Hip Fracture in Older Adults

Hip Fracture in Older Adults Causes

Hip fracture in older adults can be caused or sustained from a variety of causes. It is quite common for fractures to be sustained from falls in older adults who may have already been having some form of mobility issues to begin with. Of course spontaneous fractures may also occur during normal weight bearing movements due to Osteoporosis or other conditions or medications that may weaken the bones as well. Certain populations such as white women may also be far more lily to have a hip fracture in their elderly years than other women around the world.

Hips Fracture in Older Adults Symptoms

Hip FractureHip fracture in older adults is most often very painful and will normally limit mobility in most individuals. The patient may be unable to bear weight or may lose motion in the effected leg. The fractured hip may also cause the leg to turn outward or to shorten as well due to a collapse of the joint. Patients may also lose a great deal of blood in the instance of hip and pelvic fractures. This may lead to confusion, cold skin, dizziness, or the patient may be unconscious as well in severe fractures.

Hip Fracture in Older Adults Diagnosis

Older adults or their caregivers should have the patient thoroughly examined by a physician as soon as possible. Your doctor will check to see if your pelvis is stable and if either of your legs are positioned incorrectly in a normal resting position. Your health care provider will also check to be sure that both of your legs are equal in length. You will be asked about your pain levels and mobility issues as well as any falls that led up to your pain. X-rays will also be order to see if your hip has been fractured.

Hip Fracture in Older Adults Treatment

The treatment for hip fracture in older adults most often involves surgery to repair the fracture or to replace the hip if your hip is severely damage you may need a hip replacement. Therapy will also be necessary to prevent locking of the joint and to help the patient to regain their mobility as best as possible. Pain management will also be necessary and your doctor will help you to design the best pain management plan for you.

Prevention of Hip Fracture in Older Adults

Many hip fractures can be prevented in the elderly each year. It’s important to ask for help with daily task such as bathing if your mobility has become limited or if some of your medications make you dizzy. It’s also important to prevent trip and fall hazards in the home by removing loose rugs, repairing loose flooring, and avoiding placing electrical cords across walkways. Also using a non slip mat in the tub and installing grab bars here or next to your toilet may help to prevent falls as well. Also you will want to avoid slippery wet floors or icy sidewalks during the winter months.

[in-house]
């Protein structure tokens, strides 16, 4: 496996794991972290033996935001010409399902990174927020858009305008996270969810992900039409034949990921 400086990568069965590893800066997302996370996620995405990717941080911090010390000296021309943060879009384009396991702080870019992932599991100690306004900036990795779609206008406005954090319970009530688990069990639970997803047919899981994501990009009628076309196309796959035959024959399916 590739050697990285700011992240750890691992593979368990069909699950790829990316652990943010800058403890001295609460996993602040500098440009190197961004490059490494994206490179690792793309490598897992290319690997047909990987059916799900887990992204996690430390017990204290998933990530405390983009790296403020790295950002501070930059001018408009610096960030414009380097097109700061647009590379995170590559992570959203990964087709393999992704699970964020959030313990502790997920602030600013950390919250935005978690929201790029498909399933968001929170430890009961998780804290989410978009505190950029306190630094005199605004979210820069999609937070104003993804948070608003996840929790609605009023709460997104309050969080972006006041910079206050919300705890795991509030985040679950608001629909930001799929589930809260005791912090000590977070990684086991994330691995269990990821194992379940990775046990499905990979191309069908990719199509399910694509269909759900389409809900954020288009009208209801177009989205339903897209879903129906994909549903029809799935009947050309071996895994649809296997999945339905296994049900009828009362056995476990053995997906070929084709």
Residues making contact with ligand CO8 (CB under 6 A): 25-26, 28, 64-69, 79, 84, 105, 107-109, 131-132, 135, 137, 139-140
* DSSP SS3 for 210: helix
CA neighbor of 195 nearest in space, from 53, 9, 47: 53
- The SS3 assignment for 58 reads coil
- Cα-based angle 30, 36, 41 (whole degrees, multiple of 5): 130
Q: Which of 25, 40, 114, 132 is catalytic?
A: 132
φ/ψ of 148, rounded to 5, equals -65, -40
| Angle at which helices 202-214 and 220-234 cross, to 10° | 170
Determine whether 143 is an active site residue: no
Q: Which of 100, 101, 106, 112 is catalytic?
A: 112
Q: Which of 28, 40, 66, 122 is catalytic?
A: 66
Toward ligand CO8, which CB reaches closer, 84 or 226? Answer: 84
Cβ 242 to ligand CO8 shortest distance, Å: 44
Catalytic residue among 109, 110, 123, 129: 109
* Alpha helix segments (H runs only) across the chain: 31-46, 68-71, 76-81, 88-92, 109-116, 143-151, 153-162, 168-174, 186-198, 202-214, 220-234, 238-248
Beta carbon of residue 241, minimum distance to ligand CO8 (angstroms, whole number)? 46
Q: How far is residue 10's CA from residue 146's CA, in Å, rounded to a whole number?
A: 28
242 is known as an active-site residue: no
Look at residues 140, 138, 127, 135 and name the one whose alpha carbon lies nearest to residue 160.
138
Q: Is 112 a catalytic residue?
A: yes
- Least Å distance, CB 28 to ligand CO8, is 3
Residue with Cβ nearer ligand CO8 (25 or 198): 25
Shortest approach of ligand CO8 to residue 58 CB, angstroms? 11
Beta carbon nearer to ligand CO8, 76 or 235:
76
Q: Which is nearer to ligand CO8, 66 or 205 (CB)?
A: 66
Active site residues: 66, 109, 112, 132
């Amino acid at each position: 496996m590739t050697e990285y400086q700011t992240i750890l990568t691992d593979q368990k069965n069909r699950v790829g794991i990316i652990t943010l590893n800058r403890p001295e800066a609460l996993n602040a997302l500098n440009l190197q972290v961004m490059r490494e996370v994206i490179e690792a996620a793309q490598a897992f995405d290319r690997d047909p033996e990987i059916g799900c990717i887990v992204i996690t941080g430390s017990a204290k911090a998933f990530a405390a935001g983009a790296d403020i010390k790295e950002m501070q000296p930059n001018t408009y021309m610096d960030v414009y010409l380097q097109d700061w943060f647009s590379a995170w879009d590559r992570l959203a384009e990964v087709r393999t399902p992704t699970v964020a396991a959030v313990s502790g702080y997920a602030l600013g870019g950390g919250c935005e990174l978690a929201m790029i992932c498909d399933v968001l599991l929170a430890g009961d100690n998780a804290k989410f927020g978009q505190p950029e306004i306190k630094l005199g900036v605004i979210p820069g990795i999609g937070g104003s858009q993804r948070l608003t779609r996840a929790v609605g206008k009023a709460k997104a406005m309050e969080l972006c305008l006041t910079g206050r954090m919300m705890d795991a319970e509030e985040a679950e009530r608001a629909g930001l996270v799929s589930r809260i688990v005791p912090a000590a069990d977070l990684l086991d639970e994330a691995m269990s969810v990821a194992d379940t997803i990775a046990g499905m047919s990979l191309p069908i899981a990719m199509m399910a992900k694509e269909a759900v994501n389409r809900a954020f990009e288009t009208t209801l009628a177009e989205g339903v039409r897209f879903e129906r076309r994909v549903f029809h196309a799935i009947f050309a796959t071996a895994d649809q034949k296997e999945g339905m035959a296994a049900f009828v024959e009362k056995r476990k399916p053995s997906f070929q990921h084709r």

Common Problems With Hips



  1. I am aged 70 years of age have had my right hip both knees and shoulders replaced. Approximately three weeks ago I fell after my handbag caught the fitting on a gopher that makes it go backwards and forwards and was dragged backwards approx five feet along the ground and have a cracked vertebrae and have a very painful right hip with the pain in the front and back of my hip the worst being the front. When I was in hospital they mainly dealt with my back and now I am home my hip is extremely painful and I am not sure whether to have a follow up. They did a bone scan and a galleon

  2. I had two grade 3 stress fractures since they have healed I still get a shooting pain from the ball joint and the groin side that goes down to my knee when weight is distributed wrong or trip and sometimes running I just want to know what it is I’ve had mri and catscan and xrays but nothing besides a pocket of fluid that was there before not sure anymore about it what do you think

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